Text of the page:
China's Ad Industry Remains Strong Based on CCTV's Annual Auction

CCTV Sold TV Spots For 2009 Worth $1.355 Billion, a 15.4% Increase Over Last Year

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P&G's associate director-media, Greater China, Alfonso De Dios, is still the 'king' of the CCTV auction this year
P&G's associate director-media, Greater China, Alfonso De Dios, is still the 'king' of the CCTV auction this year Credit: Normandy Madden
BEIJING ( -- There were few signs of the recession that has struck financial markets and ad budgets around the world this week at the annual auction for prime-time advertising slots next year on China Central Television (CCTV).

China's state-run national broadcaster, which operates 18 channels, raked in 9.256 billion RMB ($1.355 billion) at the auction on Tuesday. In Nov. 2007, the auction generated 8.028 billion RMB, topping $1 billion for the first time, for ads running in 2008.

Last year, China replaced Germany as the world's third largest advertising market, behind the U.S. and Japan, and is expected to overtake Japan and gain second place in 2010, according to GroupM.

Advertisers spent 441.5 billion RMB ($64.6 billion) in China in 2007, according to Nielsen Media Research. Television took the lion's share attracting 82% of total ad spend over the year, while newspapers and magazines accounted for 16% and 2%, respectively.

A small increase in spending was anticipated, since multinational and local companies are eager to expand in China, but 15.4% growth "was more than expected, considering there is no Olympics to drive prices up" in 2009, said Matt Brosenne, international business director at CSM Media Research in Beijing.

"It's a large year-on-year increase considering the recent turn of events," Mr. Brosenne added. "Rate card rates continue to rise for TV, driven by the investment that TV stations and program producers have input into content areas."

In the last year, CCTV has improved its content in the face of tough competition from smaller, more nimble and more creative provincial broadcasters such as Hunan Satellite Television, which have nearly national reach through cable and satellite systems.

"In effect, product quality is on the rise and there is a natural reciprocal increase in the costs that must be covered. The arrival of a downturn does not mitigate these costs for anyone," Mr. Brosenne said.

The CCTV auction starts every year at 8:18 am on Nov. 18, capitalizing on the auspiciousness of the number eight in Chinese culture. It's an epic, exhausting event for thousands of representatives from major marketers and media agencies who crowd into a hot, noisy hall at CCTV's headquarters in Beijing.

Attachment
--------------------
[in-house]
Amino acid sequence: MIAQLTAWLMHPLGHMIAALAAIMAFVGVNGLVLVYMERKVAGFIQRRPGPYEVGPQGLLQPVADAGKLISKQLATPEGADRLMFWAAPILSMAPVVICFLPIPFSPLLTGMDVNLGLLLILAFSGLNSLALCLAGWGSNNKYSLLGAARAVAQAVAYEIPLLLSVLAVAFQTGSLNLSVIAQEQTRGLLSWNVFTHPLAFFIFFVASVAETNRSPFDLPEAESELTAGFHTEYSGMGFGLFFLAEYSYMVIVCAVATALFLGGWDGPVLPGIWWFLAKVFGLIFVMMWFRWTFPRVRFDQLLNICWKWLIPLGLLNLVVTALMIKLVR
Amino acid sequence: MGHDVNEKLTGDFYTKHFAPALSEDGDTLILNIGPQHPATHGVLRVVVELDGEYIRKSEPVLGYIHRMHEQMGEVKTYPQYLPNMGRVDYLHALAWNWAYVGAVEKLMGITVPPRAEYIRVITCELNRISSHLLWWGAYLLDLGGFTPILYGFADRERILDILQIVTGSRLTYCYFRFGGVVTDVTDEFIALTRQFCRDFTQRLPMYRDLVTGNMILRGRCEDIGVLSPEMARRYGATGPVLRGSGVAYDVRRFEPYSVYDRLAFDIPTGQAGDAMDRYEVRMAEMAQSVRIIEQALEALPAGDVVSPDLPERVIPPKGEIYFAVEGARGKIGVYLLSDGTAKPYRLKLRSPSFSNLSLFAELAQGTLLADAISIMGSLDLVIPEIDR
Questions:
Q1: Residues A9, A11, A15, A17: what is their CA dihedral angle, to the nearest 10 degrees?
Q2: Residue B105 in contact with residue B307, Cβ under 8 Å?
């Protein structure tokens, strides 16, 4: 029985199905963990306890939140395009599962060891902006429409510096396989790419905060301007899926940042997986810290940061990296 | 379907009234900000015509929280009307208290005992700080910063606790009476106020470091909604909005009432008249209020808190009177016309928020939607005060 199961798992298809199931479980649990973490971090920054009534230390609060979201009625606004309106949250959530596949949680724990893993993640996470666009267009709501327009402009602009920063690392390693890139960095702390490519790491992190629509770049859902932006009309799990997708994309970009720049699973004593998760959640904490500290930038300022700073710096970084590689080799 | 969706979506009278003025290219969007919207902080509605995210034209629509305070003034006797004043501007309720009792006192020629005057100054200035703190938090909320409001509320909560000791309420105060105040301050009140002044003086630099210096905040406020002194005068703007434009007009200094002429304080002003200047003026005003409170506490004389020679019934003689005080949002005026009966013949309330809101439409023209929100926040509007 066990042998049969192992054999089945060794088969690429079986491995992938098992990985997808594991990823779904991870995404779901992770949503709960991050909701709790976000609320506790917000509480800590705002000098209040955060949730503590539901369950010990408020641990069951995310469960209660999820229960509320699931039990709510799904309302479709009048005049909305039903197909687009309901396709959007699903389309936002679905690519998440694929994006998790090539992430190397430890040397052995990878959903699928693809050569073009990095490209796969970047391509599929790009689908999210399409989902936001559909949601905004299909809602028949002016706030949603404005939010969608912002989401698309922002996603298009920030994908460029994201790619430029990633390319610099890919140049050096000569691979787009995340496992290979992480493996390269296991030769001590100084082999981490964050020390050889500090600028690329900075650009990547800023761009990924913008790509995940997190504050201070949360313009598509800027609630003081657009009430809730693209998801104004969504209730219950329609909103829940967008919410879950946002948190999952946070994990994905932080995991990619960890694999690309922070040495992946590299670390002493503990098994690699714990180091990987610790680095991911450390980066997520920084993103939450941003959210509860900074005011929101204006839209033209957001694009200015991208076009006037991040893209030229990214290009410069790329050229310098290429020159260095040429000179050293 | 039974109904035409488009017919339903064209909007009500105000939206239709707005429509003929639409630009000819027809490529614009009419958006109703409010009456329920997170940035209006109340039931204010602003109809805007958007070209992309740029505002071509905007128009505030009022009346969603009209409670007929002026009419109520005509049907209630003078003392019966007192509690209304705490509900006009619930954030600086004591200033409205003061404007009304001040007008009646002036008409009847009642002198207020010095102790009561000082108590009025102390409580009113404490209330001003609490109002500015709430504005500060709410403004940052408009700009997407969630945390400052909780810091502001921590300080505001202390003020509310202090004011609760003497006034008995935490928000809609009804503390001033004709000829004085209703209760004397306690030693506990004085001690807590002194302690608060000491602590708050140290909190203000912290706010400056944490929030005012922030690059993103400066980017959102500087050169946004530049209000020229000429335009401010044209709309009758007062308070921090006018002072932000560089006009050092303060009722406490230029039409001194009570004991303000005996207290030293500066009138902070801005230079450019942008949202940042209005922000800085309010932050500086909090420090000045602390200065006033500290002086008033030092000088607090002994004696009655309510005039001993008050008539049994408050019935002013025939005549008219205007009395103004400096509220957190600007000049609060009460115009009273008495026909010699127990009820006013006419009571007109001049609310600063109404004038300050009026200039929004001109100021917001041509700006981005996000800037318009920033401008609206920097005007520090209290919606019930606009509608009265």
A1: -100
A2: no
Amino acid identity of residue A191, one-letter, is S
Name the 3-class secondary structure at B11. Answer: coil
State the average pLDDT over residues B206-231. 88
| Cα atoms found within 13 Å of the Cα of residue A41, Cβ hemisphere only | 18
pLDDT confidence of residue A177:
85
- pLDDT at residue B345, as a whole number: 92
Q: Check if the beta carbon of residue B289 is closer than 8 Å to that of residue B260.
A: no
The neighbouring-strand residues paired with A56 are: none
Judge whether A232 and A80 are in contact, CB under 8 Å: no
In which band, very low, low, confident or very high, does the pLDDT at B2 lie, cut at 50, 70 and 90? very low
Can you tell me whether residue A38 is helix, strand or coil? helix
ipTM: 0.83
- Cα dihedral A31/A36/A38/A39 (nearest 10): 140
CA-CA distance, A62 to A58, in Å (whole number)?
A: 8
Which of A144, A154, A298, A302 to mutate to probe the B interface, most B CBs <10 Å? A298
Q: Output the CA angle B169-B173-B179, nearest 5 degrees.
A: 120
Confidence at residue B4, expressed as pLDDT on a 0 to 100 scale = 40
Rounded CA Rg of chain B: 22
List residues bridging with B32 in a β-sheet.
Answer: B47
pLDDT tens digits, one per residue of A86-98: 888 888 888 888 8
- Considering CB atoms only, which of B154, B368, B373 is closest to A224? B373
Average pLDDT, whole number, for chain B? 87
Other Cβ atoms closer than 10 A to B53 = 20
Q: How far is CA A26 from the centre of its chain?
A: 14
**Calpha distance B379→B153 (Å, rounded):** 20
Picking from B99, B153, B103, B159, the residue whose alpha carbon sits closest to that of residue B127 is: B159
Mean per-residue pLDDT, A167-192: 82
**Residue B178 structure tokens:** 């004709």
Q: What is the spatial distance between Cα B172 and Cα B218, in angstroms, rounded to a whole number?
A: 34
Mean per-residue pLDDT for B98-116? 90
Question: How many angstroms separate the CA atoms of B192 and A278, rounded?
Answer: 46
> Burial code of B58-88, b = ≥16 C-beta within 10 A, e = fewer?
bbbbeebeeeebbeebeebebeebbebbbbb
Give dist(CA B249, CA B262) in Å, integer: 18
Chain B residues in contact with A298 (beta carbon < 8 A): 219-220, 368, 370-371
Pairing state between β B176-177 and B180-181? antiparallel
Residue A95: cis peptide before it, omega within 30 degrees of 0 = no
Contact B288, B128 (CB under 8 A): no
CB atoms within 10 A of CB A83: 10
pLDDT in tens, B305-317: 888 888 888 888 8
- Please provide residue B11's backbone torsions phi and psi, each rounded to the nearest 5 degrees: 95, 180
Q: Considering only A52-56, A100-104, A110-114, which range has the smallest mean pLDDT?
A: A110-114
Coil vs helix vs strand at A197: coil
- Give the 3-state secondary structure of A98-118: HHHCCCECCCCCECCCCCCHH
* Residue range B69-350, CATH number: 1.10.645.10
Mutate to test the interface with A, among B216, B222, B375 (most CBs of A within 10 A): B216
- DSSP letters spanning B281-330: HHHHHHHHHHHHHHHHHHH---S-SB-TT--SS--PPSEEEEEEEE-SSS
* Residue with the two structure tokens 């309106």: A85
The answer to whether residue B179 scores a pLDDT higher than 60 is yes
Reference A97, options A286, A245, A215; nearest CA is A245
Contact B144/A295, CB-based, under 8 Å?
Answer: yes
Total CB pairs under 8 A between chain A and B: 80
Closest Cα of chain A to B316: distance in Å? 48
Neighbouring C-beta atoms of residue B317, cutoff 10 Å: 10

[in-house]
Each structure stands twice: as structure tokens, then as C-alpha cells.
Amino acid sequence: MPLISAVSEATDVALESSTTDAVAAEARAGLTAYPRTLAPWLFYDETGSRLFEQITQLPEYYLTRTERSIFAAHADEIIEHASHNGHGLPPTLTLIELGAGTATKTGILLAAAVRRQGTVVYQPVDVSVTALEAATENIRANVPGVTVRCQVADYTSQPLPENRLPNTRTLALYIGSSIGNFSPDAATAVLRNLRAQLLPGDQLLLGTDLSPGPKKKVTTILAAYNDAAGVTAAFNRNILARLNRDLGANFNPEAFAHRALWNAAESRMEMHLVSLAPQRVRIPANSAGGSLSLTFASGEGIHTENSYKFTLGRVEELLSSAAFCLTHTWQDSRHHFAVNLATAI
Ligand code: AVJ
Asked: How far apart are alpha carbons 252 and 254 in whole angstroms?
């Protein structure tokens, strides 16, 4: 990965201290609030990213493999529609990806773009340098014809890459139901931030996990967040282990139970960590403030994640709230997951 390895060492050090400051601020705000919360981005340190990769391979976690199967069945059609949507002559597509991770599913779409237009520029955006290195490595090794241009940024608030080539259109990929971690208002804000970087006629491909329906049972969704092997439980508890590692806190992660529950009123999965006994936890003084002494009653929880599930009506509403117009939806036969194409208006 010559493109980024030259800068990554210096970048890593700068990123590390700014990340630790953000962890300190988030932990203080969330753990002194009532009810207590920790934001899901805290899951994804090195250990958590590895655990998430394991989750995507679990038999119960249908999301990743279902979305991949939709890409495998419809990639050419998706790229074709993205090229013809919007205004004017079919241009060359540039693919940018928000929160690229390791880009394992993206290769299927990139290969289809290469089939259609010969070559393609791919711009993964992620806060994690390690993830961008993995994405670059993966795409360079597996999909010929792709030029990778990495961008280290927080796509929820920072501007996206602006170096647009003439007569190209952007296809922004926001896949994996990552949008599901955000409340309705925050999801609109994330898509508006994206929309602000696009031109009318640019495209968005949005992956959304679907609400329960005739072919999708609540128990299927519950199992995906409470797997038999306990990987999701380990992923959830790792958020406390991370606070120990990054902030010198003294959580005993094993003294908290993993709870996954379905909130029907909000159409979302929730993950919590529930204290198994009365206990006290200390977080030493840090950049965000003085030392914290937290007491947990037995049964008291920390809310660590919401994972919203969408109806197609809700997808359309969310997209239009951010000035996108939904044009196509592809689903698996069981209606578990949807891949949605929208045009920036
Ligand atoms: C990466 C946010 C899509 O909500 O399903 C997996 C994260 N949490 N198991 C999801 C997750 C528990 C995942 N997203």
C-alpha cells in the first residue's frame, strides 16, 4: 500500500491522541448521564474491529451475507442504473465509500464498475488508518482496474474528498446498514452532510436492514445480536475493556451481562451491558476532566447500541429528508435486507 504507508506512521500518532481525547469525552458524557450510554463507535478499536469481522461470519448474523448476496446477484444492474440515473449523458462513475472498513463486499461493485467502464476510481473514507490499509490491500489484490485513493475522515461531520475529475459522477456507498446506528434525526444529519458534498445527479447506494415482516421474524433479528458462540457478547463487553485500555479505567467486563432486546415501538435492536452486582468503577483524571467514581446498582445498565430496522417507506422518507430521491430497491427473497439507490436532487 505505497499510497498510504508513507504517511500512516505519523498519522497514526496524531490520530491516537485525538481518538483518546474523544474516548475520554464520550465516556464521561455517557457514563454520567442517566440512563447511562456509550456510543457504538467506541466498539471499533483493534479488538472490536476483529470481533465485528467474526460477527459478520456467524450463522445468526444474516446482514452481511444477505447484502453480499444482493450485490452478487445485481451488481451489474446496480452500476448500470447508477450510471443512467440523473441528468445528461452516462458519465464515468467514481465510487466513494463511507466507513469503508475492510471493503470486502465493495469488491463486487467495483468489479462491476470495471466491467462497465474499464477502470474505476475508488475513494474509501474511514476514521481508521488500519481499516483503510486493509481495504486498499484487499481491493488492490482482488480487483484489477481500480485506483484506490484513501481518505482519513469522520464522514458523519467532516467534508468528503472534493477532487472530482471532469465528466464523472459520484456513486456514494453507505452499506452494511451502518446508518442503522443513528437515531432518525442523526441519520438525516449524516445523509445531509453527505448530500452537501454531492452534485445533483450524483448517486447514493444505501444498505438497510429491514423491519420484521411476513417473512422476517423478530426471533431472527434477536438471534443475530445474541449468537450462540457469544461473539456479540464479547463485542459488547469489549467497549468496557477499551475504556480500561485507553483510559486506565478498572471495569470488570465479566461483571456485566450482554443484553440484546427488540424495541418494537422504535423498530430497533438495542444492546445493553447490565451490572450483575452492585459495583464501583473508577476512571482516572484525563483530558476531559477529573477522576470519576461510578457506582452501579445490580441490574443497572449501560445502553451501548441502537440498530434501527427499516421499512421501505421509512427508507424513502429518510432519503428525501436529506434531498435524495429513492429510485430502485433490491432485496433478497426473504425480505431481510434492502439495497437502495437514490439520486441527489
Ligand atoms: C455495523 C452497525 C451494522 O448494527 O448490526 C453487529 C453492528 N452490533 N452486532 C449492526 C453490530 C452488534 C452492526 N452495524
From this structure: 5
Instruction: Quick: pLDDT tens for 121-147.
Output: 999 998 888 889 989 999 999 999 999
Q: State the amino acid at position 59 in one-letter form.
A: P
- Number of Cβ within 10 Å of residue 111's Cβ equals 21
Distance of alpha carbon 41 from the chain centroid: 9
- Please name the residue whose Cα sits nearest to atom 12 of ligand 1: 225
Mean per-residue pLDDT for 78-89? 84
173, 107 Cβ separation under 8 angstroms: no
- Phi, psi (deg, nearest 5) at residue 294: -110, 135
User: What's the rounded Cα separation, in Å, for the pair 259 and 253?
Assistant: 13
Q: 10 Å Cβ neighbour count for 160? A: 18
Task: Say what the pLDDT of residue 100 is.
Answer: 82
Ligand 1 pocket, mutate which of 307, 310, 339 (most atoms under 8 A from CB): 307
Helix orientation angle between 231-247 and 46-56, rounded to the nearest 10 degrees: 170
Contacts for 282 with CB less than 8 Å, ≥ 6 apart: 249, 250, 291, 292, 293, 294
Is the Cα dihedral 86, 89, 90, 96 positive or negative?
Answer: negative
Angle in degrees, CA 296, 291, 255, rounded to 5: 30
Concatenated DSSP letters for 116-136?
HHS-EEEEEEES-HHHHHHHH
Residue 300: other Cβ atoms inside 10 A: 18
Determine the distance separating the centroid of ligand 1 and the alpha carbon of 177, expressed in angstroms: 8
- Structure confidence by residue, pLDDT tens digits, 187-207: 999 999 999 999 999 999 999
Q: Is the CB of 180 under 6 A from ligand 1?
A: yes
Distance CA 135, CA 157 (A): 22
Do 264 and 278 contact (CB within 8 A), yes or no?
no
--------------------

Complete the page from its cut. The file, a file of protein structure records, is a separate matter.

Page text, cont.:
The auction can easily last as long as 18 hours, although this year's event ended about 9:00 pm. The action doesn't even stop for a lunch break in that food-obsessed country; lunch boxes are distributed to participants to eat at their seats.

CCTV has not released spending information from this year's auction yet, but Procter & Gamble Co. is believed to be the biggest spender for the fifth consecutive year. That status that has earned its Guangzhou-based associate director-media, Greater China, Alfonso De Dios, the nickname "king of the auction." P&G won't disclose how much it spent this year, but auction observers say it spent roughly 500 million RMB ($73 million), about the same amount it spent last year. P&G advertises several brands nationally such as Rejoice and Safeguard.

Aside from P&G, the top-spending advertisers are local marketers with a broad retail distribution base and products that have mass appeal.

"The key products were beverages, including alcohol, dairy and of course the ubiquitous local pharmaceutical companies," said Paul McNeill, CEO, Greater China of Havas-owned Media Planning Group ( MPG) in Beijing.

The growth this year "surprised quite a few people as it very much continues in the same vein as previous years. [But] the actual crunch has not hit through to actual wallets yet and these broadly based and in many cases cheaper local brands will be less affected as they are generally staples of daily life," Mr. McNeill said.

Zhejiang-based Nice Group was a top spender, investing 305 million RMB ($44.63 million) to advertise its detergents, hair care and oral care products during prime time on the broadcaster's TV drama channel.

Other local companies competing for sizable chunks of airtime included the China Mengniu Dairy Co., Langjiu Liquor Group and Kweichow Moutai Distillery Group.

Companies in China's financial sector and insurance companies saw a particularly strong surge. Advertising from categories with a close connection to consumers, such as foods, beverages, pharmaceuticals, dairy products and accessories also increased.

With China's seeming resilience so far in this economic crisis, local companies "appear to remain confident for 2009," Mr. Brosenne said.

While advertisers are generally cautiously optimistic about the 2009 outlook, the auction results "suggest consensus is more optimistic than cautious," said Dick Wei, an analyst in the technology research unit of J.P. Morgan Chase & Co. in Hong Kong.

With the CCTV auction setting a positive tone, Mr. Wei predicts published ad rates for leading sites such as Sohu and Sina "are highly likely to achieve 20% growth next year."

Is China really immune to the global crisis? Not based on its recent gross domestic product figures. China's fourth-quarter GDP growth is likely to be less than 9%, and could easily fall below 8% next year.

The "real test" for the strength of China's ad industry will take place at the CCTV auction next year on Nov. 18, 2009, said Quinn Taw, a partner at Mustang Ventures in Beijing, and a former senior executive at Mindshare and Zenith Media in China.

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